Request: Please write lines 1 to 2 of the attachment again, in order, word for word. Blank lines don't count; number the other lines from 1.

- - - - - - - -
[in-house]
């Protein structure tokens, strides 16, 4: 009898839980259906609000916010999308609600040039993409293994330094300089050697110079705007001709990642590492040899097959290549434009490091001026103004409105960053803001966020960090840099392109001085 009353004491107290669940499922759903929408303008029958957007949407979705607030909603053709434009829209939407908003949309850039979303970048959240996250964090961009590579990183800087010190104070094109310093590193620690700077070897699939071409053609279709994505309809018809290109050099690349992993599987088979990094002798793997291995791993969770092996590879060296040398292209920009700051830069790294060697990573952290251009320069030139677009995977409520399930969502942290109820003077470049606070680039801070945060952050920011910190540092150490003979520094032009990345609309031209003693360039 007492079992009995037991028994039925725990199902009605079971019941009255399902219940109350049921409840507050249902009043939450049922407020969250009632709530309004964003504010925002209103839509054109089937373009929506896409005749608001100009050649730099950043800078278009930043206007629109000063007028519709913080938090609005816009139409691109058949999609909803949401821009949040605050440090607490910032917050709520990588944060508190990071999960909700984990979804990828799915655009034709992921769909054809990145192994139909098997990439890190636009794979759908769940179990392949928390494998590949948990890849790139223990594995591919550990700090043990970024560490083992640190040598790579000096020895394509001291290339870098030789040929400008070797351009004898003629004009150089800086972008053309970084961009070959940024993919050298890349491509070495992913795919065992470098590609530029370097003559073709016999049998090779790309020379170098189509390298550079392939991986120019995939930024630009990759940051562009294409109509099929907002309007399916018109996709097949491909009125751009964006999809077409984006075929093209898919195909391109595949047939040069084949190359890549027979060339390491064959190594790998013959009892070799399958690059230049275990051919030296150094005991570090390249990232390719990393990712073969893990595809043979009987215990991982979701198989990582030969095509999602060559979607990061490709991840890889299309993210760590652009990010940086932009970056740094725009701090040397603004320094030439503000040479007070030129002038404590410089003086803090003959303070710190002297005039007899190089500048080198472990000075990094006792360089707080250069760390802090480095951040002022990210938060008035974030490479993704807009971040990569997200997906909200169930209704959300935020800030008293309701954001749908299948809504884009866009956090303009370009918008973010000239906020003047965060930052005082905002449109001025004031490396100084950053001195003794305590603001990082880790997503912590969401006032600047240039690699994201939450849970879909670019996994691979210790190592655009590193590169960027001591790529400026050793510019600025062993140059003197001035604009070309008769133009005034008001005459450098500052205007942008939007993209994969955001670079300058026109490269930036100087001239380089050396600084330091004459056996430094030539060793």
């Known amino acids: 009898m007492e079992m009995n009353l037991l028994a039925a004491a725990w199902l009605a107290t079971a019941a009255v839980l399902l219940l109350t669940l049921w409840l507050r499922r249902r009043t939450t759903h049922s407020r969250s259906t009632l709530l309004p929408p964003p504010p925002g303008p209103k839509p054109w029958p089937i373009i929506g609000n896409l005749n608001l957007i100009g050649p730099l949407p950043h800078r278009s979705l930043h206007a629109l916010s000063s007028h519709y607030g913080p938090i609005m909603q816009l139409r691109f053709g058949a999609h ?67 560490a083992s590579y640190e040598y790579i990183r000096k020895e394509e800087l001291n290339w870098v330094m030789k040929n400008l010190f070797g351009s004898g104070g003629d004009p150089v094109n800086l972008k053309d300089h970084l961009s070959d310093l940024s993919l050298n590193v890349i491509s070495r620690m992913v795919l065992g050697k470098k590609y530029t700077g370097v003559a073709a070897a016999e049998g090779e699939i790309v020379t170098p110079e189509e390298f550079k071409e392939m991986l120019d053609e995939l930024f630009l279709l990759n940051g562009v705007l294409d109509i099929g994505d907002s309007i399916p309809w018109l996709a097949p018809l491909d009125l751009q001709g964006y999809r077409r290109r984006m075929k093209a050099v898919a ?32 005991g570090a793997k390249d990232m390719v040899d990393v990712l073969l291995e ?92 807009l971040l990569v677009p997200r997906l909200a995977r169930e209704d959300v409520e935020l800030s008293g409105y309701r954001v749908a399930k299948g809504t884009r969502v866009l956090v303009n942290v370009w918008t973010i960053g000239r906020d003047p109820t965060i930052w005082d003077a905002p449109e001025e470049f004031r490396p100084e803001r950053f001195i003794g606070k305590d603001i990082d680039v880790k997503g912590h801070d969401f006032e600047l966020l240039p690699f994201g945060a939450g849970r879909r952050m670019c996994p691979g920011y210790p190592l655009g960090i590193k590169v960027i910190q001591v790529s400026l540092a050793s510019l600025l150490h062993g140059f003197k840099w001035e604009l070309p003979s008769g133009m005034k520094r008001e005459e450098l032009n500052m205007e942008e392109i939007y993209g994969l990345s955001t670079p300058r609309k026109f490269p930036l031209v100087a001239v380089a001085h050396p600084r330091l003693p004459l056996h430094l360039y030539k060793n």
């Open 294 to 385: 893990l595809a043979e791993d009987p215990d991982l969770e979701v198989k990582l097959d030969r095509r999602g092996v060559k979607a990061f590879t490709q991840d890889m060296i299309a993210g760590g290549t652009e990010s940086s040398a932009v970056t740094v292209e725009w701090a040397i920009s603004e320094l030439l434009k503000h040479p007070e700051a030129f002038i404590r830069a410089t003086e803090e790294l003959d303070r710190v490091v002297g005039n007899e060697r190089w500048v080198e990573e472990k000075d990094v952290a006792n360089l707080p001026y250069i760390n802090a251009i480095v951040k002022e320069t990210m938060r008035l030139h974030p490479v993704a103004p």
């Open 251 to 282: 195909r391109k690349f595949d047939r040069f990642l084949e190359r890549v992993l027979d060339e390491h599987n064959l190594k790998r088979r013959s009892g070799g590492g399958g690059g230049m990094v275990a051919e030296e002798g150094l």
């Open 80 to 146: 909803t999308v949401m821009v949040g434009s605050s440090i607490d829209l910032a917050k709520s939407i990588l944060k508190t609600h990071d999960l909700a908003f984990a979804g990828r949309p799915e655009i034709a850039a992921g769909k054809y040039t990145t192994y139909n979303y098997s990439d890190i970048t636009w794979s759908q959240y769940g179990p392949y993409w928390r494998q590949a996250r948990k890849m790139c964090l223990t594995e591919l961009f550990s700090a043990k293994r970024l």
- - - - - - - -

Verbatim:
[in-house]
């Protein structure tokens, strides 16, 4: 009898839980259906609000916010999308609600040039993409293994330094300089050697110079705007001709990642590492040899097959290549434009490091001026103004409105960053803001966020960090840099392109001085 009353004491107290669940499922759903929408303008029958957007949407979705607030909603053709434009829209939407908003949309850039979303970048959240996250964090961009590579990183800087010190104070094109310093590193620690700077070897699939071409053609279709994505309809018809290109050099690349992993599987088979990094002798793997291995791993969770092996590879060296040398292209920009700051830069790294060697990573952290251009320069030139677009995977409520399930969502942290109820003077470049606070680039801070945060952050920011910190540092150490003979520094032009990345609309031209003693360039 007492079992009995037991028994039925725990199902009605079971019941009255399902219940109350049921409840507050249902009043939450049922407020969250009632709530309004964003504010925002209103839509054109089937373009929506896409005749608001100009050649730099950043800078278009930043206007629109000063007028519709913080938090609005816009139409691109058949999609909803949401821009949040605050440090607490910032917050709520990588944060508190990071999960909700984990979804990828799915655009034709992921769909054809990145192994139909098997990439890190636009794979759908769940179990392949928390494998590949948990890849790139223990594995591919550990700090043990970024560490083992640190040598790579000096020895394509001291290339870098030789040929400008070797351009004898003629004009150089800086972008053309970084961009070959940024993919050298890349491509070495992913795919065992470098590609530029370097003559073709016999049998090779790309020379170098189509390298550079392939991986120019995939930024630009990759940051562009294409109509099929907002309007399916018109996709097949491909009125751009964006999809077409984006075929093209898919195909391109595949047939040069084949190359890549027979060339390491064959190594790998013959009892070799399958690059230049275990051919030296150094005991570090390249990232390719990393990712073969893990595809043979009987215990991982979701198989990582030969095509999602060559979607990061490709991840890889299309993210760590652009990010940086932009970056740094725009701090040397603004320094030439503000040479007070030129002038404590410089003086803090003959303070710190002297005039007899190089500048080198472990000075990094006792360089707080250069760390802090480095951040002022990210938060008035974030490479993704807009971040990569997200997906909200169930209704959300935020800030008293309701954001749908299948809504884009866009956090303009370009918008973010000239906020003047965060930052005082905002449109001025004031490396100084950053001195003794305590603001990082880790997503912590969401006032600047240039690699994201939450849970879909670019996994691979210790190592655009590193590169960027001591790529400026050793510019600025062993140059003197001035604009070309008769133009005034008001005459450098500052205007942008939007993209994969955001670079300058026109490269930036100087001239380089050396600084330091004459056996430094030539060793």